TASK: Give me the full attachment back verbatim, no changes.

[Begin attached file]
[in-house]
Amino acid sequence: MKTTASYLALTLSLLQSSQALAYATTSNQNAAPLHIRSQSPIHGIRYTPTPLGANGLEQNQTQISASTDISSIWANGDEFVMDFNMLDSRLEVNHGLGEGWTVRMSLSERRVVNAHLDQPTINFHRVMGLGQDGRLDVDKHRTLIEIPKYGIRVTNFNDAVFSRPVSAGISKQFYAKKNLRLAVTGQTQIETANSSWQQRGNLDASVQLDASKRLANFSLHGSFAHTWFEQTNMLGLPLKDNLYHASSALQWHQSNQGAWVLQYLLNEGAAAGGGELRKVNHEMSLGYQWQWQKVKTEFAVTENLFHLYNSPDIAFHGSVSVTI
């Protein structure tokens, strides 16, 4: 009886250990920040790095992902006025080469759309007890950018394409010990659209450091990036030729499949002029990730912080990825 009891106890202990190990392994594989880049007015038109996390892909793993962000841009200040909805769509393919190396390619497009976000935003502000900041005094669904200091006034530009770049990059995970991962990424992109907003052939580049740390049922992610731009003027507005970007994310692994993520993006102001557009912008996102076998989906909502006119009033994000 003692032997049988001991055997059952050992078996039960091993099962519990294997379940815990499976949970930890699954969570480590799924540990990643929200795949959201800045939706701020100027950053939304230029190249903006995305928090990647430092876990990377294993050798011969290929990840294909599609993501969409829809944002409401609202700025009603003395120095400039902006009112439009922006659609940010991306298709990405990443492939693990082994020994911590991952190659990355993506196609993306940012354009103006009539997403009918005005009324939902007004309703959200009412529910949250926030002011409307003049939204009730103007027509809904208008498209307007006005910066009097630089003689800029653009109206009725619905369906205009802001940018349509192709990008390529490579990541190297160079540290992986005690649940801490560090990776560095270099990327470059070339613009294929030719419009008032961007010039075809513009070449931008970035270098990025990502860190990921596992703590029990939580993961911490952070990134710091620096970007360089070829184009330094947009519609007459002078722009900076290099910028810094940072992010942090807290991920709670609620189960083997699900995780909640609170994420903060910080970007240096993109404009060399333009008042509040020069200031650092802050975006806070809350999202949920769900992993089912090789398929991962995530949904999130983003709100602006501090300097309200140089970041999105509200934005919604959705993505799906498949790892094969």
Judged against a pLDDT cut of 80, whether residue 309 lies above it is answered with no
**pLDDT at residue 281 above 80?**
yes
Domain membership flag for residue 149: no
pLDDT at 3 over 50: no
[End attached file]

[in-house]
Amino acid sequence: MKTTASYLALTLSLLQSSQALAYATTSNQNAAPLHIRSQSPIHGIRYTPTPLGANGLEQNQTQISASTDISSIWANGDEFVMDFNMLDSRLEVNHGLGEGWTVRMSLSERRVVNAHLDQPTINFHRVMGLGQDGRLDVDKHRTLIEIPKYGIRVTNFNDAVFSRPVSAGISKQFYAKKNLRLAVTGQTQIETANSSWQQRGNLDASVQLDASKRLANFSLHGSFAHTWFEQTNMLGLPLKDNLYHASSALQWHQSNQGAWVLQYLLNEGAAAGGGELRKVNHEMSLGYQWQWQKVKTEFAVTENLFHLYNSPDIAFHGSVSVTI
């Protein structure tokens, strides 16, 4: 009886250990920040790095992902006025080469759309007890950018394409010990659209450091990036030729499949002029990730912080990825 009891106890202990190990392994594989880049007015038109996390892909793993962000841009200040909805769509393919190396390619497009976000935003502000900041005094669904200091006034530009770049990059995970991962990424992109907003052939580049740390049922992610731009003027507005970007994310692994993520993006102001557009912008996102076998989906909502006119009033994000 003692032997049988001991055997059952050992078996039960091993099962519990294997379940815990499976949970930890699954969570480590799924540990990643929200795949959201800045939706701020100027950053939304230029190249903006995305928090990647430092876990990377294993050798011969290929990840294909599609993501969409829809944002409401609202700025009603003395120095400039902006009112439009922006659609940010991306298709990405990443492939693990082994020994911590991952190659990355993506196609993306940012354009103006009539997403009918005005009324939902007004309703959200009412529910949250926030002011409307003049939204009730103007027509809904208008498209307007006005910066009097630089003689800029653009109206009725619905369906205009802001940018349509192709990008390529490579990541190297160079540290992986005690649940801490560090990776560095270099990327470059070339613009294929030719419009008032961007010039075809513009070449931008970035270098990025990502860190990921596992703590029990939580993961911490952070990134710091620096970007360089070829184009330094947009519609007459002078722009900076290099910028810094940072992010942090807290991920709670609620189960083997699900995780909640609170994420903060910080970007240096993109404009060399333009008042509040020069200031650092802050975006806070809350999202949920769900992993089912090789398929991962995530949904999130983003709100602006501090300097309200140089970041999105509200934005919604959705993505799906498949790892094969």
Judged against a pLDDT cut of 80, whether residue 309 lies above it is answered with no
**pLDDT at residue 281 above 80?**
yes
Domain membership flag for residue 149: no
pLDDT at 3 over 50: no